The malicious version of the Telegram app containing Triada is cleverly disguised as the latest version of Telegram Messenger, specifically version 9.2.1.
Check Point Software Technologies’ recent research highlights a concerning trend: a circulating fake Telegram messenger app that infects Android devices with Triada malware upon installation. It’s crucial to be aware that, unlike other malicious apps, this app cannot be found on Google Play Store, but rather on third-party app stores.
Given the widespread popularity of Telegram as one of the most commonly used messaging apps globally, it comes as no surprise that scammers and cybercriminals target it for their malicious activities. If you have unknowingly downloaded this fake app, your device may have fallen victim to malware.
The malicious Telegram app operates by acquiring privilege escalation on the system to initiate the malware. This can be achieved if the user grants phone permissions during the signup process. Once this access is granted, the malware can effortlessly self-inject into other processes, enabling it to carry out a range of malicious activities.
Fortunately, Check Point’s security product, Harmony Mobile, plays a crucial role in safeguarding against Triada malware-infected apps. It scans for such apps and proactively blocks them from infecting the device or causing any additional harm.
It is important to highlight that earlier research on Triada has already demonstrated its persistence, with Google confirming the presence of this malware in inexpensive Android phones.
These affected devices include models from various companies such as Leagoo, ARK Benefit, Zopo Speed, Doogee, Cherry Mobile Flare, and several others. This further underscores the need for vigilance and security measures, as Triada’s reach has extended to a wide range of devices in the market.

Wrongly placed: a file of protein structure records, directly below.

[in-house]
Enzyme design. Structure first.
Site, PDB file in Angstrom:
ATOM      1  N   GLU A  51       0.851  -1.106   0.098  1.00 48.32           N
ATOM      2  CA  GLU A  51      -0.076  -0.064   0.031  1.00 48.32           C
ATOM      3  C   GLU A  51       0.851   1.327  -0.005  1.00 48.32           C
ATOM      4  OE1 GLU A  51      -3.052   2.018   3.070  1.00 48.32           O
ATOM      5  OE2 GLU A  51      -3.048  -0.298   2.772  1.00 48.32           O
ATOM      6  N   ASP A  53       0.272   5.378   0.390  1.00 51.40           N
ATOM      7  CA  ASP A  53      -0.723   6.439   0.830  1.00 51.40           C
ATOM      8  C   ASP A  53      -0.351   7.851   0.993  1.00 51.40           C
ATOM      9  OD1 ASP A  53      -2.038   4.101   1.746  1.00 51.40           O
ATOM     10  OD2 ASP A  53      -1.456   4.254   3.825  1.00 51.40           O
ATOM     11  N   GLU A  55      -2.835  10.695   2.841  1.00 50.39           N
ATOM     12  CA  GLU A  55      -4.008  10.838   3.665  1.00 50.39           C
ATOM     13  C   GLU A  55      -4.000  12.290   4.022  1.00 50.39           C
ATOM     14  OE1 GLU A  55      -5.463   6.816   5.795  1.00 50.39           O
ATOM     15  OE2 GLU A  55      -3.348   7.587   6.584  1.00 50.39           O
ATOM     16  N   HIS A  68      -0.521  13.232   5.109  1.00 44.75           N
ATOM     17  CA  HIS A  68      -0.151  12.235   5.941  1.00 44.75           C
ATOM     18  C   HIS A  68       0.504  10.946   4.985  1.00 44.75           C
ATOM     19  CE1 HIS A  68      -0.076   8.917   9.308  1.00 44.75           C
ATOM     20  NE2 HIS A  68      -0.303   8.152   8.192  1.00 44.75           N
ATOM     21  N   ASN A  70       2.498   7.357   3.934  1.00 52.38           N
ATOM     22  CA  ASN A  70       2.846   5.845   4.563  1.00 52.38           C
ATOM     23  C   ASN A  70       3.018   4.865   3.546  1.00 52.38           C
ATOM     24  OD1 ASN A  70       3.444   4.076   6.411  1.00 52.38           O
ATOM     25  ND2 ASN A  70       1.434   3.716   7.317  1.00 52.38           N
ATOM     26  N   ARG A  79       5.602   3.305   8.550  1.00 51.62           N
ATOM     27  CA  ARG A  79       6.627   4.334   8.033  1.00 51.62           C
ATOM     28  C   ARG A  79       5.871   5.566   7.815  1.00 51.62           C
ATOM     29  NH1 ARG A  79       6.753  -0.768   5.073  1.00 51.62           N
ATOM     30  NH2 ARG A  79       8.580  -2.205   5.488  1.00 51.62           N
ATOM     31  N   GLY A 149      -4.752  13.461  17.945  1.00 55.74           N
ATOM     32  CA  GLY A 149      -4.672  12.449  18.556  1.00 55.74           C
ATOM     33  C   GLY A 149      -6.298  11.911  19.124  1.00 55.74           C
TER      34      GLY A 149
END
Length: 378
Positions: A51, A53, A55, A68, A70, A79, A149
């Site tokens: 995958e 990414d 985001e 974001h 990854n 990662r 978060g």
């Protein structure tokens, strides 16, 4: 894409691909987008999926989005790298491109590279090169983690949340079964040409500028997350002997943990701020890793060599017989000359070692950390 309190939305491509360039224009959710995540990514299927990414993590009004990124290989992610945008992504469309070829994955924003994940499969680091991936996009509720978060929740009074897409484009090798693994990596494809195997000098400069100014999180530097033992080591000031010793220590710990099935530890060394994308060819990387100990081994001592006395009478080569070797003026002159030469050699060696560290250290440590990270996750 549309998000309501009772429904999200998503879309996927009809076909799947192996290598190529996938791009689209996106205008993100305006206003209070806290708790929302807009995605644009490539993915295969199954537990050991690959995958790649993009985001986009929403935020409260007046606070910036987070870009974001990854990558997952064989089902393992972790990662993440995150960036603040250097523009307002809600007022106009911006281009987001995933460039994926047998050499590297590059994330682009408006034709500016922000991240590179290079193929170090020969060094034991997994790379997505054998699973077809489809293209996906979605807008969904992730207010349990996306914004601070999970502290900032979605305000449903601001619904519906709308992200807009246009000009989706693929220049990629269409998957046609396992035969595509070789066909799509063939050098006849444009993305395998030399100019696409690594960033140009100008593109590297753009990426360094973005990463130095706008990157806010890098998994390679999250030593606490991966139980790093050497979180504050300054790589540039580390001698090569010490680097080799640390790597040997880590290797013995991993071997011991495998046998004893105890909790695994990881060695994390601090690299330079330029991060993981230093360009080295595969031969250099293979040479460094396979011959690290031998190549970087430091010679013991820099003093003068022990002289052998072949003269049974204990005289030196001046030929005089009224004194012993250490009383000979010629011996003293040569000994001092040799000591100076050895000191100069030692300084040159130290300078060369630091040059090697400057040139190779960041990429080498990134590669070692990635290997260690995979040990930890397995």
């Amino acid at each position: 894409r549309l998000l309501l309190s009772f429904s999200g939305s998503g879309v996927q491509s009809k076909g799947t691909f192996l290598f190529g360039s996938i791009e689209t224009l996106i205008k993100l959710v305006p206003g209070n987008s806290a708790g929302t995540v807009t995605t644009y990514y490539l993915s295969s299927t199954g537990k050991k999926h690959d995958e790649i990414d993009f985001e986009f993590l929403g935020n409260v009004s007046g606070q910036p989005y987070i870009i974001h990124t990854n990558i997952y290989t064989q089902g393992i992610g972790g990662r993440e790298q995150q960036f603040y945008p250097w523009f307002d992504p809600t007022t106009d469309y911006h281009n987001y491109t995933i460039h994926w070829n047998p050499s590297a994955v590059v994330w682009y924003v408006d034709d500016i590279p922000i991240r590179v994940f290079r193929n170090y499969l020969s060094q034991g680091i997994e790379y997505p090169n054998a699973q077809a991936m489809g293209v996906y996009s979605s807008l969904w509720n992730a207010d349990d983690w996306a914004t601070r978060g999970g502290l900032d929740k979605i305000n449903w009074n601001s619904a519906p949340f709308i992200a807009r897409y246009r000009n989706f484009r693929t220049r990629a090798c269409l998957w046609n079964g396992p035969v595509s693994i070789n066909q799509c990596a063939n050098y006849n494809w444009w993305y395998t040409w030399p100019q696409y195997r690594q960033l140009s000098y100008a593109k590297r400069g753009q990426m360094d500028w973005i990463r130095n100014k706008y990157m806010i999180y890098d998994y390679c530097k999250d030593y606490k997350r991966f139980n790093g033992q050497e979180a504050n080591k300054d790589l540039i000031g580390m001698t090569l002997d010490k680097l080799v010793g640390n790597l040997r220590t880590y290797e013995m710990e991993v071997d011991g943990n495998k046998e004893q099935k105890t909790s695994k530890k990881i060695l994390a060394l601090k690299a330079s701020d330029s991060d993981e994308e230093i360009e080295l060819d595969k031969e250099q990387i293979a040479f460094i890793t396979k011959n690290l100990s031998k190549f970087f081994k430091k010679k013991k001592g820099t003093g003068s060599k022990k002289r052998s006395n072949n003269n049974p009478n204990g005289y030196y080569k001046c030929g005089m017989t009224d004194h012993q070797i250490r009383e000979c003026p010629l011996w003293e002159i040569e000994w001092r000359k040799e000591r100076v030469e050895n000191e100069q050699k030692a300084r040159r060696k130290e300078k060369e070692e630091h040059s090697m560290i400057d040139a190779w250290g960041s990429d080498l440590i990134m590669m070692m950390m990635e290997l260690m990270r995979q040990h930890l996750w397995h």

How Do Attackers Trick Users?
The malicious version of the Telegram app containing Triada (VirusTotal sample) is cleverly disguised as the latest version of Telegram Messenger, specifically version 9.2.1. To make the modified version appear legitimate, attackers have employed tactics such as using a package name (org.telegram.messenger) that resembles the genuine app and utilizing the app’s verified icon.
Upon initiating the downloaded app for the first time, users are presented with a login window that perfectly replicates the original app’s home page. To proceed with registration, users are prompted to enter their phone number and grant access to device permissions.
Subsequently, the malicious app inserts detrimental code into the device under the guise of an internal application update service. Operating discreetly in the background, the malware initiates its malicious activities, which involve gathering device information, retrieving configuration files, and establishing communication channels.
In a report shared with Hackread.com, Checkpoint researchers outlined the various operations that Triada malware can carry out. These include enrolling victims in multiple paid subscriptions, displaying invisible and background ads, and making unauthorized in-app purchases using SMS and phone numbers. Additionally, Triada has the ability to steal sensitive data, including passwords, from compromised devices.
Researchers have observed a rise in modified versions of mobile apps in recent times. These modified apps entice users with new features and additional customization at low prices. However, once these apps are downloaded, they unleash malware onto the user’s device.
The risk of installing modified versions comes from the fact that it is impossible for the user to know what changes were actually made to the application code. To be more precise – it is unknown what code was added and whether it has any malicious intent.Check Point
To ensure protection, it is crucial to refrain from downloading software from untrusted sources. Users should always verify the app’s developer and confirm the ownership of the company before downloading any application. This cautious approach can help mitigate the risk of malware infections and protect sensitive data.
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